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28 Apr 2017

Light sentence for £69k benefit fraud

A benefit cheat mum-of-five who was put under surveillance by the Department for Work and Pensions was found to have falsely claimed nearly £70,000.

Grandmother Mona Miller, 37, from Cardiff , admitted failing to notify the authorities of a change in circumstances affecting her entitlement to income support, housing benefit and council tax benefit.

Sentencing at Cardiff Crown Court , Judge Neil Bidder QC told the defendant: “This is stealing from the state – that is what you have pleaded guilty to.”

The court heard the charges related to the five-year period between May 2010 and November 2015.

Andrew Jones, prosecuting, said Miller received a total overpayment of £69,367.

He said she first made a claim for income support in March 2001, which she continued to receive legitimately for the next 10 years.

The court heard she stated in 2011 that she did not have a partner and in 2013 stated she did have a partner but he lived in London. Mr Jones said: “That was an outright lie.”

Prosecutors said she was put under surveillance by the Department for Work and Pensions who found her partner had registered his vehicle at her address in Cardiff. The court heard the authorities made “significant enquiries” and discovered he registered for national insurance at her address from May 2010. Enquiries also revealed he registered with a doctors surgery in Cardiff in October 2011.

In a police interview Miller accepted she had two children with her partner but stated he did not provide any financial support. Mr Jones said: “The whole interview was a lie from start to finish.”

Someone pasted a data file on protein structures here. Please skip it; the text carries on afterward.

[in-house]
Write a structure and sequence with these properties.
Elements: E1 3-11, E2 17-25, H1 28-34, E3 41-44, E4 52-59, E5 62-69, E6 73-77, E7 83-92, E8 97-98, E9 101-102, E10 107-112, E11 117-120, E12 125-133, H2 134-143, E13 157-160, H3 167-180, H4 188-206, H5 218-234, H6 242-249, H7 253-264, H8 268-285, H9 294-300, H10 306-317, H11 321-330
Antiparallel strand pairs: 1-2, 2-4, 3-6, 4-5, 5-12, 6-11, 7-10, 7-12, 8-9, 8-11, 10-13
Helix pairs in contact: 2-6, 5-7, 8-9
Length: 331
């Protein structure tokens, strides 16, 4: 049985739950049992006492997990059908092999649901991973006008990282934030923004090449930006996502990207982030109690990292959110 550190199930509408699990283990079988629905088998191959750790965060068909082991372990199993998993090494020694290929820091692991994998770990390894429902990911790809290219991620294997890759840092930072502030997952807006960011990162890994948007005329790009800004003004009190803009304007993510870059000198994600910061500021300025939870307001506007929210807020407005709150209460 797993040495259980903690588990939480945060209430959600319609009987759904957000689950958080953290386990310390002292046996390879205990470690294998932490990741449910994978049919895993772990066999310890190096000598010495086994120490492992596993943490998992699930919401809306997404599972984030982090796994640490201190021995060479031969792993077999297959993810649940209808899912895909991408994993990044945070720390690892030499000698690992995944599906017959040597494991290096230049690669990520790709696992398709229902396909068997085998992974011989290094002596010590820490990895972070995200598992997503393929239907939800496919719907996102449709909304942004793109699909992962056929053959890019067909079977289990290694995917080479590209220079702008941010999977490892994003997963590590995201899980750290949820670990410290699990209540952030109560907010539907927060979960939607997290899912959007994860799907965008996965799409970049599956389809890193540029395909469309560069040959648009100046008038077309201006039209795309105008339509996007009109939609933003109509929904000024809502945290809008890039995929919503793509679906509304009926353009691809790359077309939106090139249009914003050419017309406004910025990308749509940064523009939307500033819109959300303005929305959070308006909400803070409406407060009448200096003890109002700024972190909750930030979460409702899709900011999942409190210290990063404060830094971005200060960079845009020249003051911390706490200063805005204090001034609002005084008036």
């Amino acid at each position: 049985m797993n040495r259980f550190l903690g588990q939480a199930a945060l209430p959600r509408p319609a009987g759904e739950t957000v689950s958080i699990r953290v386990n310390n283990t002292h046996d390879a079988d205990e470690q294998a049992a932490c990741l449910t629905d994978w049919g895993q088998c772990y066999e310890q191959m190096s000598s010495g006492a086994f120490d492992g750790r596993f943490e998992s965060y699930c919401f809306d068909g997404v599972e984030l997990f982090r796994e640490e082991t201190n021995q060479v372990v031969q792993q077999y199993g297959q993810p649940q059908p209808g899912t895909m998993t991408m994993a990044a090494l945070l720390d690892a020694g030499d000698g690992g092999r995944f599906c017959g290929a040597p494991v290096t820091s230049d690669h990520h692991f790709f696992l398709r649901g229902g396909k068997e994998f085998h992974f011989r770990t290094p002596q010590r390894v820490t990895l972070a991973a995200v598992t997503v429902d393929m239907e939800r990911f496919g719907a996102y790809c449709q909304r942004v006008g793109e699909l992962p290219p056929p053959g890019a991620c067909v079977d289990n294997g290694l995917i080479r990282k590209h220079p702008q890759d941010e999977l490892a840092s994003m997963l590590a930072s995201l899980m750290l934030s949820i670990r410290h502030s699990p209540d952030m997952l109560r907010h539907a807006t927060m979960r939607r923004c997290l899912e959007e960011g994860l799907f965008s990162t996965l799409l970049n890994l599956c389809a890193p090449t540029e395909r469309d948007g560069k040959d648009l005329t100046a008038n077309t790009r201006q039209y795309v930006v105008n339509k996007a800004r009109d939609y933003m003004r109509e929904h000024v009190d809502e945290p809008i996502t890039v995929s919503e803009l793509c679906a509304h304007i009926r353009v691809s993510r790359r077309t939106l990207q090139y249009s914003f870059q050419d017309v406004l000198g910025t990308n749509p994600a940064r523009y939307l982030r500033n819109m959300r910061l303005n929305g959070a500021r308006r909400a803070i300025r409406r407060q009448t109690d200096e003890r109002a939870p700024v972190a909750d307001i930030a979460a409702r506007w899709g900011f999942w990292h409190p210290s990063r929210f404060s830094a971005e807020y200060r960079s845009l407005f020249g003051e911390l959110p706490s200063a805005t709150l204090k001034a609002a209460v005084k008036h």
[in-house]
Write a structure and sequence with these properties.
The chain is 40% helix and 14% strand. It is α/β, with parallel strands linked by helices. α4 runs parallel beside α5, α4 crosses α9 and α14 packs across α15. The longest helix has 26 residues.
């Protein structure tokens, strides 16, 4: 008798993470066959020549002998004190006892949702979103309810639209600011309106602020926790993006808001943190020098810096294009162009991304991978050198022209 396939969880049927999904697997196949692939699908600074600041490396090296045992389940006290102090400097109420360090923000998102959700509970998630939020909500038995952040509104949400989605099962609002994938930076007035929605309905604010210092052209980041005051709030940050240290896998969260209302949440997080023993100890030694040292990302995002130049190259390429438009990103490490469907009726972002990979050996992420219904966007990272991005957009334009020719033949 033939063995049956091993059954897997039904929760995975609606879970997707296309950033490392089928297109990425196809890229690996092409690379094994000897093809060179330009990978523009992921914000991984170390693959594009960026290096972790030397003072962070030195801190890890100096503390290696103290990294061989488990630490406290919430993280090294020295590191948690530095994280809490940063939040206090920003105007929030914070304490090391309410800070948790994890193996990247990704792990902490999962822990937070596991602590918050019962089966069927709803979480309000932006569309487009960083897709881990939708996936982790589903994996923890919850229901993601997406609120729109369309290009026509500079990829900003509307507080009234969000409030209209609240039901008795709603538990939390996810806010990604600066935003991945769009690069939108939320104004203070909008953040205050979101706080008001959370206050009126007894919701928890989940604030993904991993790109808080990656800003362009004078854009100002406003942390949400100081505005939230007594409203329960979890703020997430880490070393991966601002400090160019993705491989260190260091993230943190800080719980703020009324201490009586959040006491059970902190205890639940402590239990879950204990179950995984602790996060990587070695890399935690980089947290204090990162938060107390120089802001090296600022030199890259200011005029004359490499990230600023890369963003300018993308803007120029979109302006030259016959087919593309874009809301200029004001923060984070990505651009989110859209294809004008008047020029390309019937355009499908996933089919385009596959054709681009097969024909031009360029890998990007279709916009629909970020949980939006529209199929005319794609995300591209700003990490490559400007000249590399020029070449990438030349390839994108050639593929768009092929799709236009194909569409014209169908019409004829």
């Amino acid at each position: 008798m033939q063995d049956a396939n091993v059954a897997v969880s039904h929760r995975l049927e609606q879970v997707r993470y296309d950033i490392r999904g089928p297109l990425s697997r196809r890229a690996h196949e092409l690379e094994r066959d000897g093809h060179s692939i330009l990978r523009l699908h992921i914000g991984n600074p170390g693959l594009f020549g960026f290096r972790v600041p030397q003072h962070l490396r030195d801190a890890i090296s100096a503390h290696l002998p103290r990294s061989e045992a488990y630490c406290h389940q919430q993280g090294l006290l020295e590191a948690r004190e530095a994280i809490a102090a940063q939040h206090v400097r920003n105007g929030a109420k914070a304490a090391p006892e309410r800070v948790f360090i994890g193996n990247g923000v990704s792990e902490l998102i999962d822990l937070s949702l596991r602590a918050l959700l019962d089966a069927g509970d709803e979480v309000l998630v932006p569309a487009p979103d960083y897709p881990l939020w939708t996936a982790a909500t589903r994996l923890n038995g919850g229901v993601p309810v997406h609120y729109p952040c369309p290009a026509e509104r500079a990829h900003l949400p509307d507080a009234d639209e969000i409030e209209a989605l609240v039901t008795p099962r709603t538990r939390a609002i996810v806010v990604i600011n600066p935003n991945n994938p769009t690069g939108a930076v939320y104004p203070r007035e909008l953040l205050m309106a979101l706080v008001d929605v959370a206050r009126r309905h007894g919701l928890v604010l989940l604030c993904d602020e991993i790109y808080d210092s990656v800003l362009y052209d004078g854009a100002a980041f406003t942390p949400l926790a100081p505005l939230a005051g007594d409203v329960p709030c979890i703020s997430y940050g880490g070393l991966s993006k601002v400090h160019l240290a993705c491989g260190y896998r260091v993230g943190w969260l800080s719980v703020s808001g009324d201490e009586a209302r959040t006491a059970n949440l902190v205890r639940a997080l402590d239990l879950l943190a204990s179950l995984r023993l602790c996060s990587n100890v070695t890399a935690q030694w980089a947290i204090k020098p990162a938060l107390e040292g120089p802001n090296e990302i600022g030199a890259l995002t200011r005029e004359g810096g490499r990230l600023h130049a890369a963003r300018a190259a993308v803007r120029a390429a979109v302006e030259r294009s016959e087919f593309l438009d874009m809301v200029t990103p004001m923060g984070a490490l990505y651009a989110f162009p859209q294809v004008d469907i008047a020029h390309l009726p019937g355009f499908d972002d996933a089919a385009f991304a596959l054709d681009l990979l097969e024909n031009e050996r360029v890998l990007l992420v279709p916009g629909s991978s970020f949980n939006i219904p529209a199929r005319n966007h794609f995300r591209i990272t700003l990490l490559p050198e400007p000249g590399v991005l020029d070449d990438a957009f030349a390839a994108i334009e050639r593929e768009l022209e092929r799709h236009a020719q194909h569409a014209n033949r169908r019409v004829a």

He told the court she had repaid £1,809.88 by living on reduced benefits but still had £67,557.22 outstanding.

Miller, from Llanrumney , Cardiff, admitted three counts of benefit fraud.

Catherine Flint, defending, said her client’s claim was not fraudulent from the outset and there was no evidence she had been living a “lavish” lifestyle. She told the court Miller has four dependent children and is also a grandmother.

Ms Flint said the defendant met her partner via online dating in February 2011 and the pair spent time travelling between Cardiff and London. She said Miller described the relationship as “on-and-off” and was scared to declare it in case the relationship broke down and she was left with no income.

The defence barrister added: “There was an element of naïvety on her part – she was burying her head in the sand.” Ms Flint said her client had no previous convictions and was “very remorseful”.

Judge Bidder told the defendant: “You told deliberate lies – they were clearly deliberate lies – in order to benefit yourself. The system just cannot work unless people are honest. If someone actually took £70,000 in cash in one go I would have thought you would expect that person to be sent to prison. It is a very, very bad example to set your children.”

Miller was jailed for eight months suspended for two years. She was ordered to complete 30 days of a rehabilitation activity, plus 80 hours of unpaid work and pay a £140 victim surcharge.

Source with pictures

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